Lee Zeldin didn’t win, but he sent a message to Gov. Hochul
Obviously, a win is a win, and Gov. Kathy Hochul deserves New Yorkers’ goodwill as she prepares to begin her own full term in office. But look closely at the New York City results. GOP candidate Lee Zeldin did astoundingly well, and that’s with all his MAGA baggage. It’s a lesson for Hochul: She’d best heed what moderate swing voters told her Tuesday night on crime control and job growth.
With 97% of the vote in, Zeldin did what few people thought was possible a few months ago and came quite close to doing what a Republican state candidate needs to do to win statewide — winning 35% of the local vote.
Zeldin took 30% of the Gotham vote — 514,175 votes, to be exact, compared with Hochul’s 70% (1,180,993 votes).
No one would argue that Hochul didn’t landslide New York City, as per usual in a city with a 7-to-1 ratio of registered Democrats vs. Republicans.
But Zeldin’s 30% vote share was twice that of the Republican candidate’s share four years ago. In 2018, GOP candidate Marc Molinaro got just 15% of the city’s vote, 318,000 ballots.
This election, Zeldin beat his predecessor candidate’s total vote count by 62%. And in a lower-turnout race, Zeldin doubled the share of the vote.
Where? Well, everywhere. On Staten Island, the city’s most conservative borough, then-Gov. Andrew Cuomo eked out a tiny victory four years ago, 49% to 48%. This time around, Zeldin won by a double-digit margin, 67% to 33%.
That may be expected, with Staten Island voters not as put off by President Donald Trump and his antics as the rest of the city is.
But in Brooklyn four years ago, Cuomo won 81% to 13% (third parties won the rest). This year, Zeldin earned a full 29% of the vote, to Hochul’s 71%.
In Queens in 2018, Cuomo won 78% to 18%. This year, Zeldin garnered a full third of the vote, to Hochul’s two-thirds.
Even in the Bronx and Manhattan, Zeldin did relatively well. Four years ago, Molinaro earned just 8% and 10% of those respective boroughs’ votes. This year, Zeldin won 22% and 18%, respectively.
It’s worth repeating: For a Republican to win nearly a quarter of the Bronx vote is a big deal. It’s not a big enough deal, of course. That and $6 will get Zeldin a latte this morning.
But Zeldin proved something important: New York City is what makes New York a one-party state, but even the Democratic city has its limits.
Faced with far higher post-pandemic crime rates and a slow jobs recovery — Gotham is still missing 2% of its pre-pandemic jobs, while the country as a whole has recovered — some New York City Democrats will show their frustration at the voting booth.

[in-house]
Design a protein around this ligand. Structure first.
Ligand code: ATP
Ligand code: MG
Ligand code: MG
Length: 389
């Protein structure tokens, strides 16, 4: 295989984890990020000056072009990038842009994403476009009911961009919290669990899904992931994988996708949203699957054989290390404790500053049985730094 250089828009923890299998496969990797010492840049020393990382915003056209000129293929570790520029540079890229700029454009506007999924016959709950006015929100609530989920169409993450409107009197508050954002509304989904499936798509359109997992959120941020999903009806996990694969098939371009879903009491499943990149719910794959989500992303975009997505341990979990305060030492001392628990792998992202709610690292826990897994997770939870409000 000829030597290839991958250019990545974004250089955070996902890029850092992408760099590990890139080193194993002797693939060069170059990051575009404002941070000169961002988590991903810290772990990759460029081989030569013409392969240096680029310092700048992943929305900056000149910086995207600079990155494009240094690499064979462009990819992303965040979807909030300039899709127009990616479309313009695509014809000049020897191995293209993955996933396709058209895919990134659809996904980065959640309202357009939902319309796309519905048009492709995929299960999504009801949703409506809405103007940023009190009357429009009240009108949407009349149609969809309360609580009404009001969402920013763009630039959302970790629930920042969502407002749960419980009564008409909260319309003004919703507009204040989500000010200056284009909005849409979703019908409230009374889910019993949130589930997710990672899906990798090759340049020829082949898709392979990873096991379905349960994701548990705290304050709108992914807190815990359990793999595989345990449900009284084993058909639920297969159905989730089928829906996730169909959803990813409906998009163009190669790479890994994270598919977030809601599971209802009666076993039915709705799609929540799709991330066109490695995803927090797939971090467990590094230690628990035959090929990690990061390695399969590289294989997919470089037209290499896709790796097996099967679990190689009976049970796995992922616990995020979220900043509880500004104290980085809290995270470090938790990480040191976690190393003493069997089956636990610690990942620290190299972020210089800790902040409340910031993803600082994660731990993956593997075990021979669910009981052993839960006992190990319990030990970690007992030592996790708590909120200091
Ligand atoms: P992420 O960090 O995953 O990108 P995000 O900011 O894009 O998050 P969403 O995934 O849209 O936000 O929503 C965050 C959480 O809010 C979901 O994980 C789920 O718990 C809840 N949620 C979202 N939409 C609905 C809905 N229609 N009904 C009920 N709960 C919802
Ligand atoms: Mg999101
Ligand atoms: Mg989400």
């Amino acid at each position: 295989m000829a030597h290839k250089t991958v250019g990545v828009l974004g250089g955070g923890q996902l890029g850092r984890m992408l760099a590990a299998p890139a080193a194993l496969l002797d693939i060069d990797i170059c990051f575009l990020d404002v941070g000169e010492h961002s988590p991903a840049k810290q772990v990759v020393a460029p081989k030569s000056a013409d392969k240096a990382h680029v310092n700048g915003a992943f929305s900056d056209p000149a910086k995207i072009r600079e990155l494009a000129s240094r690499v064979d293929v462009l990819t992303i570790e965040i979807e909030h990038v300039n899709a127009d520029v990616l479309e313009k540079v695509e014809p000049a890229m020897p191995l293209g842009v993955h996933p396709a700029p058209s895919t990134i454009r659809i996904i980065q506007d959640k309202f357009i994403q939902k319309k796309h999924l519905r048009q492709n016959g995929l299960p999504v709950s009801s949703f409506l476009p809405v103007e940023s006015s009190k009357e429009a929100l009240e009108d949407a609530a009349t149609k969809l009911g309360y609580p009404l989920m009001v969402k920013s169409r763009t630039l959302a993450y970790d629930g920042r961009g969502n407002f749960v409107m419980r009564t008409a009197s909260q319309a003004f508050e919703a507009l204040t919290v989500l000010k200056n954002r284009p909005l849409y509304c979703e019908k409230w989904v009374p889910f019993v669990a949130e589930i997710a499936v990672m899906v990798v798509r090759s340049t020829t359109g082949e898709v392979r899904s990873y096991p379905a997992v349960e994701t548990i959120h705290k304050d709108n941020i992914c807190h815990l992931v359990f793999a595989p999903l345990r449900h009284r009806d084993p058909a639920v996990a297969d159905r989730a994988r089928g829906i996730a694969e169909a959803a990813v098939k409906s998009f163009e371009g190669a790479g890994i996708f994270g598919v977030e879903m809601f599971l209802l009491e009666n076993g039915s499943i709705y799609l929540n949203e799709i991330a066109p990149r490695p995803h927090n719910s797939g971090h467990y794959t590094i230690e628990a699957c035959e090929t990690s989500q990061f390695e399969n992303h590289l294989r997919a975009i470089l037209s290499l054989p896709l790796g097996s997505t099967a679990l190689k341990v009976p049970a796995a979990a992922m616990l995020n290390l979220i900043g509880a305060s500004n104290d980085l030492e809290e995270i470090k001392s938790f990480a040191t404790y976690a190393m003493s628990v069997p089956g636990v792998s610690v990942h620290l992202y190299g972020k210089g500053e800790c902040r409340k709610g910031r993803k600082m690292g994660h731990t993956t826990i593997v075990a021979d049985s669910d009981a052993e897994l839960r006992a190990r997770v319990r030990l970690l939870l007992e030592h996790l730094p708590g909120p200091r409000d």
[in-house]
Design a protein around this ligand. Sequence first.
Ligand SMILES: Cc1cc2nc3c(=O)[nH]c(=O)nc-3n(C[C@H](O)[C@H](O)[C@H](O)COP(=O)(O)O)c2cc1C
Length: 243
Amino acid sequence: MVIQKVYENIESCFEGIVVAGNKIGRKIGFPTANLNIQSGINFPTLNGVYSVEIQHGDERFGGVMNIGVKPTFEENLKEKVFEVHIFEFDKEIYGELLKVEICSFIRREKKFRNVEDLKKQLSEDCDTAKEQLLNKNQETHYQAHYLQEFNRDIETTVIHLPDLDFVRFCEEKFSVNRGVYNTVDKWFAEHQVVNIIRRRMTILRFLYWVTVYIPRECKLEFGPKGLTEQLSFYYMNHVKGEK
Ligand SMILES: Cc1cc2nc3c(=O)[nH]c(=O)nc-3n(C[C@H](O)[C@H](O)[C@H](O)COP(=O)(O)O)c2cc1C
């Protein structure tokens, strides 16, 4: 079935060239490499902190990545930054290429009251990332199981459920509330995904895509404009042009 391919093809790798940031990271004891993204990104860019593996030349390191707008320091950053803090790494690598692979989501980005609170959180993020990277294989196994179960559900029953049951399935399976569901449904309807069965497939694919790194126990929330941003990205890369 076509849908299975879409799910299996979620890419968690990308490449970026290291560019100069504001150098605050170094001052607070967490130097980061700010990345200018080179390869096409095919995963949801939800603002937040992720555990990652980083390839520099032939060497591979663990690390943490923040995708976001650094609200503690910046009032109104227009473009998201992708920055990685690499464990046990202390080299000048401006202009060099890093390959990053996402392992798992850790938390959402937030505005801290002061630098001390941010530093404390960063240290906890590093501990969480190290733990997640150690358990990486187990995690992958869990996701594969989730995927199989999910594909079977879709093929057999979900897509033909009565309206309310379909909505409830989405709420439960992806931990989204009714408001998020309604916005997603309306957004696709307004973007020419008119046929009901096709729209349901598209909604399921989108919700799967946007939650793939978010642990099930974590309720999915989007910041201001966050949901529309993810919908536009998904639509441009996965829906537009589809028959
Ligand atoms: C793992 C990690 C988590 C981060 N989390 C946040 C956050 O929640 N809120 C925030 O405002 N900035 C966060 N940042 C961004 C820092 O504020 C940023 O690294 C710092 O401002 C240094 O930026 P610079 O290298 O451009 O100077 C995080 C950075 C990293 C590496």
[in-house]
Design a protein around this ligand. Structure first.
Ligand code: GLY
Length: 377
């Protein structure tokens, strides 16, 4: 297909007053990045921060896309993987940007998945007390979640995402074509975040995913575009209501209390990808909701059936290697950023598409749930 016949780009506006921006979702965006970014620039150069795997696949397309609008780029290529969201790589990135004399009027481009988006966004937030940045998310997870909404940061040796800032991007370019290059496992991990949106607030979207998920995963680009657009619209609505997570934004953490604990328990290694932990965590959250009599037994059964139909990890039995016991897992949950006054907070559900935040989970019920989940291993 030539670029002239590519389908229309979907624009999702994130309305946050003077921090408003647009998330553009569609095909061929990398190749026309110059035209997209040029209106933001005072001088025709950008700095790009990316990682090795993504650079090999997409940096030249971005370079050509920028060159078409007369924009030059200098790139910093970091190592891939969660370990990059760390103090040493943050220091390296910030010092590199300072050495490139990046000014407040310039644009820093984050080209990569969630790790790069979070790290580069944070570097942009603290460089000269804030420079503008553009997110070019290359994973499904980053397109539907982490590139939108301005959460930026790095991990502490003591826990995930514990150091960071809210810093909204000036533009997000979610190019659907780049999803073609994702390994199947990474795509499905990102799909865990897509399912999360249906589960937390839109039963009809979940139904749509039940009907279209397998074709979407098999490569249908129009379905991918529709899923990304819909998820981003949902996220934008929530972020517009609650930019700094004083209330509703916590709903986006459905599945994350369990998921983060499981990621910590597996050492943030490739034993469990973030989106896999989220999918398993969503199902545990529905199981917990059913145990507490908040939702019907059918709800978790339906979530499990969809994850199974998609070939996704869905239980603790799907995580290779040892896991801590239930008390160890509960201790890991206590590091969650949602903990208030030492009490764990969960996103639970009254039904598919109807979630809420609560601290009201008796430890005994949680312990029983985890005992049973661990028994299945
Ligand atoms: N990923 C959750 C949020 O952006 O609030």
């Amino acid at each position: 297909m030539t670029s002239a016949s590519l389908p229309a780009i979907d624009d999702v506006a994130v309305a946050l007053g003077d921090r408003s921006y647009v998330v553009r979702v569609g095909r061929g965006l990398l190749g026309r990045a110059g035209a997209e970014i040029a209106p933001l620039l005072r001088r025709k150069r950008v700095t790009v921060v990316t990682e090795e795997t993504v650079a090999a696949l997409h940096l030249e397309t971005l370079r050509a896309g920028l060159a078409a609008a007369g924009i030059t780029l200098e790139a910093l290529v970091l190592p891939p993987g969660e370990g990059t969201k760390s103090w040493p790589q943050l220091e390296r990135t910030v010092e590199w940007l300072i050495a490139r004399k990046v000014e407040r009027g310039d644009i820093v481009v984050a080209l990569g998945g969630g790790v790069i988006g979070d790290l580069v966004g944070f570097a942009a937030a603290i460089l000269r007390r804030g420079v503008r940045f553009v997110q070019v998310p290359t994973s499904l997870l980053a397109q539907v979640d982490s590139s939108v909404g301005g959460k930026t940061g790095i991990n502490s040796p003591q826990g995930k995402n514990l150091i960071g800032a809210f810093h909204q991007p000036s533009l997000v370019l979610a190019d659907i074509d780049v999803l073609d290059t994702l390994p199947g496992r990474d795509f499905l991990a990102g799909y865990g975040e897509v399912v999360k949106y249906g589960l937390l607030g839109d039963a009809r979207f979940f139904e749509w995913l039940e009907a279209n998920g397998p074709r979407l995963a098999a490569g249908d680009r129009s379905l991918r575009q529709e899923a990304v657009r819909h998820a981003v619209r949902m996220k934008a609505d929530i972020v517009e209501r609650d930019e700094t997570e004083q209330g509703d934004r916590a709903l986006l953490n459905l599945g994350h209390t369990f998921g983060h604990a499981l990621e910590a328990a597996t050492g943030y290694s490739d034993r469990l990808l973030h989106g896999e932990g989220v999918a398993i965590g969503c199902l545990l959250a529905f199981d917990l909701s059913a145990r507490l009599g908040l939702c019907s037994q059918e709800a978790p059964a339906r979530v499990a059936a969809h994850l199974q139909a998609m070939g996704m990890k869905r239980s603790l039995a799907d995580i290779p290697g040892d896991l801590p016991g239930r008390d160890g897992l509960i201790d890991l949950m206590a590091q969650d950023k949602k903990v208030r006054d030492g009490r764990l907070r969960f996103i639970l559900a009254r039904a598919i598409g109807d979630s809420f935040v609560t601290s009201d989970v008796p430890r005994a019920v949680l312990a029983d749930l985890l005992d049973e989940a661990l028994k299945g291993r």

Some city people who hate Trump and are angry at the Supreme Court’s abortion and gun control decisions filled in the Republican bubble on their ballots anyway.
Actually, quite a lot of people did.
Statewide, too, the Legislature looks to have lost a couple Democratic members because of its moves, in recent years, toward the far left. Hochul ought to heed this sign, as she faces tremendous pressure from the left to double down on cashless bail and tax hikes.
Progressives will argue that she owes them: The left-wing Working Families Party accounted for 11% of her vote this year, compared with just 4% of Cuomo’s in 2018. But Hochul wouldn’t have needed the far left had she kept the center.
Statewide, Hochul’s margin of victory over Zeldin was 53% to 47%. Had Zeldin won another 5% of the city vote, he would have cut Hochul’s victory to 51%, far too close for comfort.
And presumably, such a GOP margin in New York City would bode poorly for the Democratic candidate in the rest of the state, too. This year, Zeldin easily won Long Island, a region Cuomo won four years ago.
So Zeldin sent Hochul a historic, and invaluable, message Tuesday night: Don’t take New York City Democrats for granted. Without clear progress on crime and the economy over the next four years, and with (let’s hope) the memory of Trump fading, New York remains in play, for the first time in more than a generation.
Nicole Gelinas is a contributing editor to the Manhattan Institute’s City Journal.
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